Most first-time diners to MUSU will opt for either of the Kaiseki tasting menus – seven courses for £110 a head or 11 for £150, the same price as the Omakase experience. On the surface the Kaiseki, a loose adaptation of classic Kyoto banquets, offers more variety. The MUSU mission statement is ‘A contemporary interpretation of Japanese dishes’ and indeed the main open kitchen serves a menu more in common with other Manchester pan-Asian destinations. And yes it is too easy to scoff at the presence of the best A5 wagyu beef and N25 beluga reserve caviar that so mirror the glamorous £3million fit-out. But under the deft stewardship of classically-trained chef/patron Mike Shaw (ex Manoir aux Quat’ Saisons, Gordon Ramsay) the food offering lifts to the next level. Still, after three consecutive Kaisekis my yen is for something more Zen… 

04112023 Junko Flower Arranging Musu
MUSU's floral arrangements are by the legendary Junko Image: Confidentials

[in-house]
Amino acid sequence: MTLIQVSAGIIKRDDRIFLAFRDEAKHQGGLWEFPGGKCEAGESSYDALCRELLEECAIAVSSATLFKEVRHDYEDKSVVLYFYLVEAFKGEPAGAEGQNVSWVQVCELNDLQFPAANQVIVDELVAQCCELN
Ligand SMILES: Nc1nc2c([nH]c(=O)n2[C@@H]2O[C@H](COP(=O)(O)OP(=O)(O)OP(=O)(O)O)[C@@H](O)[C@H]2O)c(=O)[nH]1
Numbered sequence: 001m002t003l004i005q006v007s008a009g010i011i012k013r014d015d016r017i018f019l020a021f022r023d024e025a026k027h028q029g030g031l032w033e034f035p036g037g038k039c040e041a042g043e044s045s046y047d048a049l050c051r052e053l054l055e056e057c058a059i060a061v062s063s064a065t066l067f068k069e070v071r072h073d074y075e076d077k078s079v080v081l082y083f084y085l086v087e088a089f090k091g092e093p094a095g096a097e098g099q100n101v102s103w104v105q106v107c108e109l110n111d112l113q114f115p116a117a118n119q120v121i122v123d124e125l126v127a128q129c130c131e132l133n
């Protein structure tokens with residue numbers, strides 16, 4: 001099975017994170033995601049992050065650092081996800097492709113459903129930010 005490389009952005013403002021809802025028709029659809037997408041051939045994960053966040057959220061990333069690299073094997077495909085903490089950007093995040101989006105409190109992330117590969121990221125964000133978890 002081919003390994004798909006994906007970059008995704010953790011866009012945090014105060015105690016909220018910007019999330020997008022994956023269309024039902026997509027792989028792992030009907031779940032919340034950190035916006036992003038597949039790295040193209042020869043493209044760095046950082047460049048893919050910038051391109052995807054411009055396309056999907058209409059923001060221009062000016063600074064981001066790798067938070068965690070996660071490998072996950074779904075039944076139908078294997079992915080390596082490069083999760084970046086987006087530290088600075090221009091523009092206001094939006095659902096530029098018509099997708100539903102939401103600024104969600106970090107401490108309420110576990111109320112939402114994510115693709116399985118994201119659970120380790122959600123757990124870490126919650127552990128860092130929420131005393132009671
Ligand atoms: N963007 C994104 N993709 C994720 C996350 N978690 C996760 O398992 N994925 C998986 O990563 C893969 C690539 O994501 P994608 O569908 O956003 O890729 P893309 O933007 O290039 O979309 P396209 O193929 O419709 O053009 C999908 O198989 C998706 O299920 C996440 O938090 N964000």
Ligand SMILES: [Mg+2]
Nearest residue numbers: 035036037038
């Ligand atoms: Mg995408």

The omens have been good as we sip the obligatory pre-Omakase cocktail involving gin, apricot and yuzu against the bar backdrop of Geisha and Mount Fuji murals. There serenely at her flower arranging sits Manchester-based Ikebana whizz Junko Popham, who used to do the same service for Umezushi, the last place in the city where I took sushi seriously. That tiny place was big on sake; here it’s less prominent but head sommelier Ivan Milchev’s wine list is geared towards matching those Japanese flavours. There’s no pairing glasses with the Omakase, so we order a bottle of Mittnacht Cuvee Gyotaki (£62), a biodynamic Alsace blend of Riesling, Pinot Gris, Muscat & Gewurztraminer devised to cope with the pungency of soy and wasabi while staying crisp for the seafood. ‘Gyotaku’ is a traditional Japanese art created with fish, ink and paper.